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Garden Trends 2015

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Organically grown, heirloom zukes at the Nitty Gritty Potager As always, this is my favourite post of the year. What's happening, what's new, and what's trending?

Here are my thoughts, reflections and ideas regarding what gardening looks like as we head into the new year of 2015.

1. Buying Local - This is my favourite trend of the year! Consumers are supporting their own peeps while spending less time and money at the big, box stores. Realising that the big box stores make a huge eco-foot print with the growing, shipping, spraying of plants, their use of neonics (a systemic pesticide hazardous to our bee population), buying local and organic really is the only way to go.
It seems that more than ever, we are buying from local growers, small biz, mom and pop businesses, farms and farmers markets, putting local people and small businesses first, keeping the money in our own communities!

Buying locally grown foods from local community members 2. A Safer, Better World - Buy…

Growing Great Peppers, Eggplants & Tomatoes

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Habanero's Always wanted to grow your own really nice, big, juicy peppers? Looking forward to heading out to your own potager to pick some Jalapenos for your famous, homemade fresh salsa? Or canning up a storm of tomato sauces, pasta sauces and jarred salsa, made with your homegrown ingredients?

Chinese Five Colour Hot Peppers
Maybe you want to grow your own hottest peppers of the world, like the Bhut Jololia (Ghost Pepper) or the Carolina Reaper?The super hots can be kind of tricky to germinate, join us for some tips and tricks on how to have a successful crop and stun all your friends ; )

This workshop is for you!

1. Grow Really Great Sweet & Hot Peppers (Eggplants, too) Workshop!

Choose from a great selection of all kinds of pepper and eggplant seeds, sow them here and go home with the potential for 24 plants!

Enough plants to give extras as gifts to friends! Or grow them all yourself and sell the peppers at market, roast and store for winter, dehydrate, give as gifts, can a…

December Garden and Greenhouse Ramblings

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In the garden this month... 

The month of December has started off frosty, yet sunny, here on the west cost.

The garden beds all have a good thick crusty frost layer ... which means no fresh garden veggies till the rains return to thaw it out.

Though, if one were to get really desperate for a carrot or maybe a parsnip, my trusty garden fork easily lifts and breaks up the frost layer.



What to do in the garden ...

- Prune tree form roses to prevent breakage should we get some snow. The heavy snow will make your standard stem bow with the weight, and may snap it in half.

The rose in the picture above is a Hybrid Tea Standard called Double Delight. I cut it back quite severely once or even twice a year to promote a flush of new growth in spring with lots of gorgeous blooms on nice, long, stems.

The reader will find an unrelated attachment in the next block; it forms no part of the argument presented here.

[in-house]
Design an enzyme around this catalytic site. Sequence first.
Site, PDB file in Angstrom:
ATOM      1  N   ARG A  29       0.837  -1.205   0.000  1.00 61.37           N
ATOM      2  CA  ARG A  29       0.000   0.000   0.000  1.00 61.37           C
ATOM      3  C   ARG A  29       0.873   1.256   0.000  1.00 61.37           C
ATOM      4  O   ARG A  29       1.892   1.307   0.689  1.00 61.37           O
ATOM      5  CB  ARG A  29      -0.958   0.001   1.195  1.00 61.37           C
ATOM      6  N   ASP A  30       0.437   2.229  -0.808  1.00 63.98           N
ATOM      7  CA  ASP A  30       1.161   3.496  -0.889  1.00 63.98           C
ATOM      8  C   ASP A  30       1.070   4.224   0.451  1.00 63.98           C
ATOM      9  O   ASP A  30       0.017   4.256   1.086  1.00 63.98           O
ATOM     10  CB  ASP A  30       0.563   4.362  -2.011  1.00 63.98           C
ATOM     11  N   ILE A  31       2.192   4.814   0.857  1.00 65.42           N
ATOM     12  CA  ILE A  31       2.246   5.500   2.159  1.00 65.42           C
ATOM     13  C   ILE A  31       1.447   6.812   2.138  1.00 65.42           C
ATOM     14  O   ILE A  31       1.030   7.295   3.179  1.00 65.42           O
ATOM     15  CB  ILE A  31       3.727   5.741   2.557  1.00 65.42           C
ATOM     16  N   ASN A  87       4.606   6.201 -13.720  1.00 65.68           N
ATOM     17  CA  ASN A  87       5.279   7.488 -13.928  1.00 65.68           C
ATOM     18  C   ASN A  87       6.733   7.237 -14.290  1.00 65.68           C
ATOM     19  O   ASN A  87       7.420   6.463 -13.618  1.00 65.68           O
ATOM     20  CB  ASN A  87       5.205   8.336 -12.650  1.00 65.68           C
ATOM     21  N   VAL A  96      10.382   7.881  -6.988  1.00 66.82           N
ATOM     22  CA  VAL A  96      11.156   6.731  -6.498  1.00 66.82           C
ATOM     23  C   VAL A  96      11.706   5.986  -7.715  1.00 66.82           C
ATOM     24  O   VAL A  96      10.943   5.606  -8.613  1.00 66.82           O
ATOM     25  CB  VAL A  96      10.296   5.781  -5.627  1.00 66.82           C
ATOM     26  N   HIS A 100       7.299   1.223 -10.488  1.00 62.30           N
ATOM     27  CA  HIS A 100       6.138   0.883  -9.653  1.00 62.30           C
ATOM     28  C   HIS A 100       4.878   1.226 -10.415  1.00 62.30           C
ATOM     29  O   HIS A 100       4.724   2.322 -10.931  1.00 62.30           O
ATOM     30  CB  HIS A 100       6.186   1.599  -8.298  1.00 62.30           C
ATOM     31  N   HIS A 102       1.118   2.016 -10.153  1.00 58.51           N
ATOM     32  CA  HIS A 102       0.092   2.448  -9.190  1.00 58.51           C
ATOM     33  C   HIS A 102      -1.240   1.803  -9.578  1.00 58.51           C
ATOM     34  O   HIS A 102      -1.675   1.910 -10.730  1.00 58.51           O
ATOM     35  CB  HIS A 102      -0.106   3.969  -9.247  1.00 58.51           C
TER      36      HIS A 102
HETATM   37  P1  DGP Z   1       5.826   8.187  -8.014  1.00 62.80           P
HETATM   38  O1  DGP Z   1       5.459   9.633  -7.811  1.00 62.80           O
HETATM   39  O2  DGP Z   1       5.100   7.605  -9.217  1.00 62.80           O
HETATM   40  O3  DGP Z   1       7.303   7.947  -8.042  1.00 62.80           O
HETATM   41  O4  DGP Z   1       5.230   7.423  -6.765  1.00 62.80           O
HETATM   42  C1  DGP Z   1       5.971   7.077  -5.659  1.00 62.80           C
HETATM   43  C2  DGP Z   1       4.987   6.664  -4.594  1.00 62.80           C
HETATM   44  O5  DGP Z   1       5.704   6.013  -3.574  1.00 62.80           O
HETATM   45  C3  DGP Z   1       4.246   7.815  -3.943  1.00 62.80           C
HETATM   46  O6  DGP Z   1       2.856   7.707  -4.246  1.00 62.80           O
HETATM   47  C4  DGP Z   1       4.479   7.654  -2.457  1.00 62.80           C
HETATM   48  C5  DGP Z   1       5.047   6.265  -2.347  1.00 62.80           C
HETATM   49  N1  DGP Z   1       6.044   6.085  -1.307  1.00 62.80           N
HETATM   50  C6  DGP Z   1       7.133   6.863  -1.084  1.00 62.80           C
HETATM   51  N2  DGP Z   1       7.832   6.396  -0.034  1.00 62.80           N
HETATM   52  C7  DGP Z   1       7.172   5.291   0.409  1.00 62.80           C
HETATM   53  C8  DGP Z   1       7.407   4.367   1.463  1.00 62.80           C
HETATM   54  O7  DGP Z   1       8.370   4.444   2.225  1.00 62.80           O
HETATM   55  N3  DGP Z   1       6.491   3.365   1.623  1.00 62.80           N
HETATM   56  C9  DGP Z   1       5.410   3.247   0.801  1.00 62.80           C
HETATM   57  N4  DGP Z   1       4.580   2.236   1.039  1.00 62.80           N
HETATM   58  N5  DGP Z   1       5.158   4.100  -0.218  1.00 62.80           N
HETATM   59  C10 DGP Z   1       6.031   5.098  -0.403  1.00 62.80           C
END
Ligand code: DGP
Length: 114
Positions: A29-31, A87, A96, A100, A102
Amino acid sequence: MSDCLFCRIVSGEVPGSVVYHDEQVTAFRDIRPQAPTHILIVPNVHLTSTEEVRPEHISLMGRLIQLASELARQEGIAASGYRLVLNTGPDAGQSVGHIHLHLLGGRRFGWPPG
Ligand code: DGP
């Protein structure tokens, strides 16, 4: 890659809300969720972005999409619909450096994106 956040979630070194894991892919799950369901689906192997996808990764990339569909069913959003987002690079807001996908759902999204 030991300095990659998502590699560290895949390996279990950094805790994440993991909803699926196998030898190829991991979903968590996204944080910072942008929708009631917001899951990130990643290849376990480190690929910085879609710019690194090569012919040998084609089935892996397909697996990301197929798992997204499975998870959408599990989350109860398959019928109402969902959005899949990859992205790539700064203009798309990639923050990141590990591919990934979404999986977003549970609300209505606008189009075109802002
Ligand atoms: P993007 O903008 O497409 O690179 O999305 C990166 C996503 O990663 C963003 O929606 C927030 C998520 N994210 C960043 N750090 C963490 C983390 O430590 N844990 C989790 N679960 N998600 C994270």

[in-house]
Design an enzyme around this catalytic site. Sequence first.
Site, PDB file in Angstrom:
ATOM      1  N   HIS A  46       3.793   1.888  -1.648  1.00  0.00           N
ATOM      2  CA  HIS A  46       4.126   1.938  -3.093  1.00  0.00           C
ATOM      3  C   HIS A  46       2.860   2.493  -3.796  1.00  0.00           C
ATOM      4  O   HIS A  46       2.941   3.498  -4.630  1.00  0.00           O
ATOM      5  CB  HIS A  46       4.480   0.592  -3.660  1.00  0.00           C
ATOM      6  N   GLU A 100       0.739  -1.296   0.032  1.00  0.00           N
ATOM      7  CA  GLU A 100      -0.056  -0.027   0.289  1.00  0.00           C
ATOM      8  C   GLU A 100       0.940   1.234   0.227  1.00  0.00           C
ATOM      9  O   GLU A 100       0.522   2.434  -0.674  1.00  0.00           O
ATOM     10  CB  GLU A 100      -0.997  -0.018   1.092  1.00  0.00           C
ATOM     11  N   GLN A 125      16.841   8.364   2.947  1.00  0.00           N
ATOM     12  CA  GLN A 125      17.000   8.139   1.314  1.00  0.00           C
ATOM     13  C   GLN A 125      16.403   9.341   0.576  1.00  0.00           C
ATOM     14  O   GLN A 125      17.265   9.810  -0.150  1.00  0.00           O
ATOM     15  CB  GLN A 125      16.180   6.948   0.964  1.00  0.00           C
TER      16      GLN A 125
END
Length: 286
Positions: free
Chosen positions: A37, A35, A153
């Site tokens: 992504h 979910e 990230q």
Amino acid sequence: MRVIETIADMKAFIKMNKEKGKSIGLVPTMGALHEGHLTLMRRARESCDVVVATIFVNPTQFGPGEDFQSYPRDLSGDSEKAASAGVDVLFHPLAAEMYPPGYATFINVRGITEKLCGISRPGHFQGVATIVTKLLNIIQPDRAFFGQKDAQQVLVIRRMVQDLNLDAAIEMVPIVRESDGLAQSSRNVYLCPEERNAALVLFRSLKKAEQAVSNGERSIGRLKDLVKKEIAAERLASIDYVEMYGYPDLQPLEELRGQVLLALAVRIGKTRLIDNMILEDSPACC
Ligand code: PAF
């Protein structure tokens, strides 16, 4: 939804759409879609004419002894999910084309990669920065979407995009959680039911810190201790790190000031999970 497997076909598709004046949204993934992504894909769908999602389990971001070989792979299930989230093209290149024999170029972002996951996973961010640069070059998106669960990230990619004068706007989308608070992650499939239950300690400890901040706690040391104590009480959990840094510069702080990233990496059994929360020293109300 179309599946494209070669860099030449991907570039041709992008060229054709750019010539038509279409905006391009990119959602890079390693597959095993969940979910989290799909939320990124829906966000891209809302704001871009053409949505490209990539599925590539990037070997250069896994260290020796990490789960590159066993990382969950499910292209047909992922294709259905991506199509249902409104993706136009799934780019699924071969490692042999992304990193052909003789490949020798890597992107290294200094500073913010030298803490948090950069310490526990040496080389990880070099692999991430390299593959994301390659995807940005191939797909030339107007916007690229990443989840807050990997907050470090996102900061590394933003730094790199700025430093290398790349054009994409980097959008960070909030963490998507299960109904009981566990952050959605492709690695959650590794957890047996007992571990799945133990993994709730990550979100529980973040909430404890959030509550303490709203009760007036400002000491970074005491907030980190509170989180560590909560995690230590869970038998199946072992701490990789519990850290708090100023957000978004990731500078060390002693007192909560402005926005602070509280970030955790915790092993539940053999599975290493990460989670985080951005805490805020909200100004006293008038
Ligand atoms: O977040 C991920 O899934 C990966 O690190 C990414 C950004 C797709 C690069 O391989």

Weeping tree form roses need just a trim ..snip off any criss-crossing branches, inward facing branches, and the 3d's - dead, damaged, or diseased wood.  

- Prune your shrub roses, too, to …

November Ramblings

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What to do in the garden and greenhouse this month?

With any luck, you were able to finish your garden bed clean up? Top dressed the beds with compost or manure? Planted your spring flowering bulbs? ... and your garlic?

If not, these things can still be done, though is harder to get enough rain free days here on the coast.

What To Do This Month .... 



Garlic - if you can still find some to plant, do so today! Immediately, get it in the ground asap!


Citrus Trees-  Bring your potted up citrus fruits into the house, the greenhouse, or the cold frame.

Spray them down with insecticidal soap, let sit for 15 minutes and then rinse off really well with a strong jet of water, both tops and bottoms of the leaves.This gets rid of the soapy residue as well as any lingering bugs that may have escaped the soap. Give special attention the the undersides of the leaves as that is where scale will be. If you can get rid of scale while it is still soft, it will be much easier to eradicate than when it has …

How To Over-Winter Glads, Dahlias, Canna's and More....

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Is just about time to lift all your tender summer blooming bulbs, corms and tubers for the winter... canna lilies, calla lilies, dahlias, begonias, eucomis (pineapple lily), and gladioli.
Here in Nanaimo, on Vancouver Island, garden zone 7, we can leave our dahlias, glads, and callas in the ground year round ...  but we do so knowing that a tough winter may cause us to lose some or all of them (some of the dinner plate dahlias can be quite tender).

Always lift your Canna lily bulbs, begonia tubers, and Pineapple lily bulbs. 

If you live in a cool garden zone, cooler than a zone 5, you will need to lift all those bulbs, corms, and tubers each fall in order to not lose them over winter.


GLADS! (GLADIOLI CORMS)

I always lift my glads in fall as I grow them in the potager, amongst all the vegetables in the raised garden beds. They are moved around from year to year, planted wherever I feel the need for more height, colour, and/or pollinator attractors.

Glads just pulled and being hosed …